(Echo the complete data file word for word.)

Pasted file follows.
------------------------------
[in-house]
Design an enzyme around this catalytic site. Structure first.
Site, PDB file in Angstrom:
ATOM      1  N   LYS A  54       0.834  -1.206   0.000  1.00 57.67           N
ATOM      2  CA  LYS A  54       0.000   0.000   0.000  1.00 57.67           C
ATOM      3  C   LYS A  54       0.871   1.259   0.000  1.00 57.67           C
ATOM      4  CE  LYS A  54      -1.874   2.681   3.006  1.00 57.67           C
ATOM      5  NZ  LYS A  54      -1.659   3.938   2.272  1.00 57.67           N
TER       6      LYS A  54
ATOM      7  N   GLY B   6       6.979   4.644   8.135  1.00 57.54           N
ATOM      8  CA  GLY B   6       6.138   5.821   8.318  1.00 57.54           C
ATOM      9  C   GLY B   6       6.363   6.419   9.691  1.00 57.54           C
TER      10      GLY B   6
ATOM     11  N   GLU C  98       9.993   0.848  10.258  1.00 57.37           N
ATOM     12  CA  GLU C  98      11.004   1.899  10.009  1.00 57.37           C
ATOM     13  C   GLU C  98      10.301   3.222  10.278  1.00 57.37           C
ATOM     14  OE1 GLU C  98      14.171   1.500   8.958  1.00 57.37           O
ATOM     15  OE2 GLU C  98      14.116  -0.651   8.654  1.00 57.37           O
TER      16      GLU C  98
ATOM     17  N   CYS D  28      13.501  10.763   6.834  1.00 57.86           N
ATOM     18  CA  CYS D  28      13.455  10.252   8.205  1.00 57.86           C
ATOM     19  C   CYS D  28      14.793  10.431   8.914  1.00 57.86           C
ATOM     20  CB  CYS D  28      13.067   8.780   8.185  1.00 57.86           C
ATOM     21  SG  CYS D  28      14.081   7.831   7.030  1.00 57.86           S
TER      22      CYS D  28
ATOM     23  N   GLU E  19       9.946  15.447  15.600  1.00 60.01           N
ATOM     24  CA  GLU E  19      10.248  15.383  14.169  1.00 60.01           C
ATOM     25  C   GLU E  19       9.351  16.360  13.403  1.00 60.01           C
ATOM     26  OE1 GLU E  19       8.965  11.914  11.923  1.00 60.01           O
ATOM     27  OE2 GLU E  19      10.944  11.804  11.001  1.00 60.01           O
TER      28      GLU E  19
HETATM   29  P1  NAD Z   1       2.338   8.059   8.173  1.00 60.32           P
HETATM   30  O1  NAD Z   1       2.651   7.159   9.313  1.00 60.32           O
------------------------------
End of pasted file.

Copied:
[in-house]
Design an enzyme around this catalytic site. Structure first.
Site, PDB file in Angstrom:
ATOM      1  N   LYS A  54       0.834  -1.206   0.000  1.00 57.67           N
ATOM      2  CA  LYS A  54       0.000   0.000   0.000  1.00 57.67           C
ATOM      3  C   LYS A  54       0.871   1.259   0.000  1.00 57.67           C
ATOM      4  CE  LYS A  54      -1.874   2.681   3.006  1.00 57.67           C
ATOM      5  NZ  LYS A  54      -1.659   3.938   2.272  1.00 57.67           N
TER       6      LYS A  54
ATOM      7  N   GLY B   6       6.979   4.644   8.135  1.00 57.54           N
ATOM      8  CA  GLY B   6       6.138   5.821   8.318  1.00 57.54           C
ATOM      9  C   GLY B   6       6.363   6.419   9.691  1.00 57.54           C
TER      10      GLY B   6
ATOM     11  N   GLU C  98       9.993   0.848  10.258  1.00 57.37           N
ATOM     12  CA  GLU C  98      11.004   1.899  10.009  1.00 57.37           C
ATOM     13  C   GLU C  98      10.301   3.222  10.278  1.00 57.37           C
ATOM     14  OE1 GLU C  98      14.171   1.500   8.958  1.00 57.37           O
ATOM     15  OE2 GLU C  98      14.116  -0.651   8.654  1.00 57.37           O
TER      16      GLU C  98
ATOM     17  N   CYS D  28      13.501  10.763   6.834  1.00 57.86           N
ATOM     18  CA  CYS D  28      13.455  10.252   8.205  1.00 57.86           C
ATOM     19  C   CYS D  28      14.793  10.431   8.914  1.00 57.86           C
ATOM     20  CB  CYS D  28      13.067   8.780   8.185  1.00 57.86           C
ATOM     21  SG  CYS D  28      14.081   7.831   7.030  1.00 57.86           S
TER      22      CYS D  28
ATOM     23  N   GLU E  19       9.946  15.447  15.600  1.00 60.01           N
ATOM     24  CA  GLU E  19      10.248  15.383  14.169  1.00 60.01           C
ATOM     25  C   GLU E  19       9.351  16.360  13.403  1.00 60.01           C
ATOM     26  OE1 GLU E  19       8.965  11.914  11.923  1.00 60.01           O
ATOM     27  OE2 GLU E  19      10.944  11.804  11.001  1.00 60.01           O
TER      28      GLU E  19
HETATM   29  P1  NAD Z   1       2.338   8.059   8.173  1.00 60.32           P
HETATM   30  O1  NAD Z   1       2.651   7.159   9.313  1.00 60.32           O